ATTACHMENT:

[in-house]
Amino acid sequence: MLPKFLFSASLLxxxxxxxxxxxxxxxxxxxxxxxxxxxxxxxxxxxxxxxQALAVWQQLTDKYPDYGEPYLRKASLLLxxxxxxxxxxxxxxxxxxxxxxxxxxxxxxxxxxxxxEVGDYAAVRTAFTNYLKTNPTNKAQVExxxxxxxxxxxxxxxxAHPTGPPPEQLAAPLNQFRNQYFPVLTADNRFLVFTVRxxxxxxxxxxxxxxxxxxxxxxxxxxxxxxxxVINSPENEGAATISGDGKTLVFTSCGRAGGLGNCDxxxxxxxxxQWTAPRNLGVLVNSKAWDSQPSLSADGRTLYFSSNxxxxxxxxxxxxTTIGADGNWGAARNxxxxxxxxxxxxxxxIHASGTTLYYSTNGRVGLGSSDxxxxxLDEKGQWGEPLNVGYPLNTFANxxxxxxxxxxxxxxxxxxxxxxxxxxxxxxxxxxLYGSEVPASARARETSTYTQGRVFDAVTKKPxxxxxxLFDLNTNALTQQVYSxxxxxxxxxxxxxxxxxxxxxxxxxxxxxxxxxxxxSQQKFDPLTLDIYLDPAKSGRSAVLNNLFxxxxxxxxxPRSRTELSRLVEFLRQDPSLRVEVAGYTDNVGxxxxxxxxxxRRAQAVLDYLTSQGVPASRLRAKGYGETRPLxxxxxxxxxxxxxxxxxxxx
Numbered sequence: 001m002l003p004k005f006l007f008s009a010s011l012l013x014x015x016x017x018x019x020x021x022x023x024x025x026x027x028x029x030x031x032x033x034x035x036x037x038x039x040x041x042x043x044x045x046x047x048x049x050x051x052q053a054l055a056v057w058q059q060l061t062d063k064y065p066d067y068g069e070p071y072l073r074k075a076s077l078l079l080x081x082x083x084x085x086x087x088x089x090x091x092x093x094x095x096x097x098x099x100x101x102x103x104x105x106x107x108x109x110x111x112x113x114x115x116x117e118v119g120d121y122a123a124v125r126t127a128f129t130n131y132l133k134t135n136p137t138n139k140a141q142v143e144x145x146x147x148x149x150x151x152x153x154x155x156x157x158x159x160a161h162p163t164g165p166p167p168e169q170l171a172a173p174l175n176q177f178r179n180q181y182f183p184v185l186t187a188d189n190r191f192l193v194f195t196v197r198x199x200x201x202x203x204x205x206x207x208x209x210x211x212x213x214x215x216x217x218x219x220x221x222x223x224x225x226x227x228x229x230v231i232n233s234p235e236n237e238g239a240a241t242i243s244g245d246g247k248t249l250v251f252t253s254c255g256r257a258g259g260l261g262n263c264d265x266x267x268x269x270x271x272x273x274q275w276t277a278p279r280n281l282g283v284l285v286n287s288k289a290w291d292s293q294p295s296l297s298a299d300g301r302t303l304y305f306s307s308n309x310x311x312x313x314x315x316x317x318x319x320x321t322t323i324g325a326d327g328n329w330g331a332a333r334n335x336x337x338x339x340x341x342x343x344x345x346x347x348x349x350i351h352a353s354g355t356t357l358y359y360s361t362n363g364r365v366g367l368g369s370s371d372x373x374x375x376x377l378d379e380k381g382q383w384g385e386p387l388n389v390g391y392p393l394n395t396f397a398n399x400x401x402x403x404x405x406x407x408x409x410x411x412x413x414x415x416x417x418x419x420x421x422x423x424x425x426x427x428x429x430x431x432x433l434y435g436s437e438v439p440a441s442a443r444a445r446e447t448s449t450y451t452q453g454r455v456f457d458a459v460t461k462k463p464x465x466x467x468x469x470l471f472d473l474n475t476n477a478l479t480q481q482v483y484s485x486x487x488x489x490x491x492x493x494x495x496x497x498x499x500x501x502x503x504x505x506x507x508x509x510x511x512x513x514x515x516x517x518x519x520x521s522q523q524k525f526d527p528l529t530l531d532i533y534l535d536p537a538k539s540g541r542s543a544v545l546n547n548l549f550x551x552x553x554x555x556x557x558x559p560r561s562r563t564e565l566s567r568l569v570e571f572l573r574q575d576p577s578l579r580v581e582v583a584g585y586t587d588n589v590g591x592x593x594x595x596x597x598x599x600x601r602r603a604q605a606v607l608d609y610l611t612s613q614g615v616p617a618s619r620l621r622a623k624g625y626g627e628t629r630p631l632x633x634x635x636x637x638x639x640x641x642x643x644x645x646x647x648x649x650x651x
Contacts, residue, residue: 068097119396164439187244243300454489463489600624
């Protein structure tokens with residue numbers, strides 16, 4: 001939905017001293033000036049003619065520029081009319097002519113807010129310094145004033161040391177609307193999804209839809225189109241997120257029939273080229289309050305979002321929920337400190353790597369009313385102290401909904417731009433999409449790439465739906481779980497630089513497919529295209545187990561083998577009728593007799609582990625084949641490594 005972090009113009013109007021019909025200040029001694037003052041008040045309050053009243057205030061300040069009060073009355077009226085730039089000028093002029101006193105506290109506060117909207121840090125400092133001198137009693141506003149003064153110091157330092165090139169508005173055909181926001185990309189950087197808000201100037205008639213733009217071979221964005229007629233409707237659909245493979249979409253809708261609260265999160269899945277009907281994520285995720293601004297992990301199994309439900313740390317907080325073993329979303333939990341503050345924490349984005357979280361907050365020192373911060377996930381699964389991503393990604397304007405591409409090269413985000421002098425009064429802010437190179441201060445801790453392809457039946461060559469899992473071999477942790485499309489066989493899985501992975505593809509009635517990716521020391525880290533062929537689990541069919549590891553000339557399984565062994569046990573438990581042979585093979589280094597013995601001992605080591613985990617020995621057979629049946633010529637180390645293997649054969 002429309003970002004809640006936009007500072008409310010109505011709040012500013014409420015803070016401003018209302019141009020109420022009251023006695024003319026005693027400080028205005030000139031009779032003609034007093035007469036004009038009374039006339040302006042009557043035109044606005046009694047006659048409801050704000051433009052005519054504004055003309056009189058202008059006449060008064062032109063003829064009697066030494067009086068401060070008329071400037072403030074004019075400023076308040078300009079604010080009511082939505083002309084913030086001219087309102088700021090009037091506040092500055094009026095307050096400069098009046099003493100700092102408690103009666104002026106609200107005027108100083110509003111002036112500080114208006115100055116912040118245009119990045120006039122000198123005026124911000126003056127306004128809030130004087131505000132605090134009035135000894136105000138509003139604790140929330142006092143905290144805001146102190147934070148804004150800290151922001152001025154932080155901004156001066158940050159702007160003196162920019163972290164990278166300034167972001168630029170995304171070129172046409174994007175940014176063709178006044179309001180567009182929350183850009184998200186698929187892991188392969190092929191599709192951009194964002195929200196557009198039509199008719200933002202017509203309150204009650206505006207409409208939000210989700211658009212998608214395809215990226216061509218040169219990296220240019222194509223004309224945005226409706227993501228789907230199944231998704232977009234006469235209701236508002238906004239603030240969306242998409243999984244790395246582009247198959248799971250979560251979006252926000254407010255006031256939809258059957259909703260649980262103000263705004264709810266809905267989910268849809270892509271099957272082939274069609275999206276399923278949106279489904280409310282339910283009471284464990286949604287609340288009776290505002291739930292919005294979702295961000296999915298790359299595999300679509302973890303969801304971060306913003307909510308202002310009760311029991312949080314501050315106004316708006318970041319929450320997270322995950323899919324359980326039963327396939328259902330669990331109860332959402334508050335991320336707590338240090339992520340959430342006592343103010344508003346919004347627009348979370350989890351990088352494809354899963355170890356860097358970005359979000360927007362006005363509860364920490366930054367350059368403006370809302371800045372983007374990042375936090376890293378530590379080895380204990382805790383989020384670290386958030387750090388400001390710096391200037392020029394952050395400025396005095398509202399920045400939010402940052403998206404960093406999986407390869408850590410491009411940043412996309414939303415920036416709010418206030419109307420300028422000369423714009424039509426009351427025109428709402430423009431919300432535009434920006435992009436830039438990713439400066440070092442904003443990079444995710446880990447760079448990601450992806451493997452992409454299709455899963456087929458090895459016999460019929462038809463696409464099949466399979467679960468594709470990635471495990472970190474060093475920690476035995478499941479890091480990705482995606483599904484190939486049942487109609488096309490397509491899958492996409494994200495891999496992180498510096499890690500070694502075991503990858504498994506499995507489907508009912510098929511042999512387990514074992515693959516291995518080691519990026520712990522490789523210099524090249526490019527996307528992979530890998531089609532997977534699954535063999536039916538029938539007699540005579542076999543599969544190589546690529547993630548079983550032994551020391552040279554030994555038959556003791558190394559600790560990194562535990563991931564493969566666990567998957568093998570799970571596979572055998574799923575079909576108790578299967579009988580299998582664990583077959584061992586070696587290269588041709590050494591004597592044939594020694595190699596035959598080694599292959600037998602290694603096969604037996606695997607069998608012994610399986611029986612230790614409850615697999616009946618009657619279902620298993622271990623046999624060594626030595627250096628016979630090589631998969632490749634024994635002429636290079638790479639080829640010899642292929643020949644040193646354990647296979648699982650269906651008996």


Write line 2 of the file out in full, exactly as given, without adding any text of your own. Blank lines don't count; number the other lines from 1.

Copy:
Amino acid sequence: MLPKFLFSASLLxxxxxxxxxxxxxxxxxxxxxxxxxxxxxxxxxxxxxxxQALAVWQQLTDKYPDYGEPYLRKASLLLxxxxxxxxxxxxxxxxxxxxxxxxxxxxxxxxxxxxxEVGDYAAVRTAFTNYLKTNPTNKAQVExxxxxxxxxxxxxxxxAHPTGPPPEQLAAPLNQFRNQYFPVLTADNRFLVFTVRxxxxxxxxxxxxxxxxxxxxxxxxxxxxxxxxVINSPENEGAATISGDGKTLVFTSCGRAGGLGNCDxxxxxxxxxQWTAPRNLGVLVNSKAWDSQPSLSADGRTLYFSSNxxxxxxxxxxxxTTIGADGNWGAARNxxxxxxxxxxxxxxxIHASGTTLYYSTNGRVGLGSSDxxxxxLDEKGQWGEPLNVGYPLNTFANxxxxxxxxxxxxxxxxxxxxxxxxxxxxxxxxxxLYGSEVPASARARETSTYTQGRVFDAVTKKPxxxxxxLFDLNTNALTQQVYSxxxxxxxxxxxxxxxxxxxxxxxxxxxxxxxxxxxxSQQKFDPLTLDIYLDPAKSGRSAVLNNLFxxxxxxxxxPRSRTELSRLVEFLRQDPSLRVEVAGYTDNVGxxxxxxxxxxRRAQAVLDYLTSQGVPASRLRAKGYGETRPLxxxxxxxxxxxxxxxxxxxx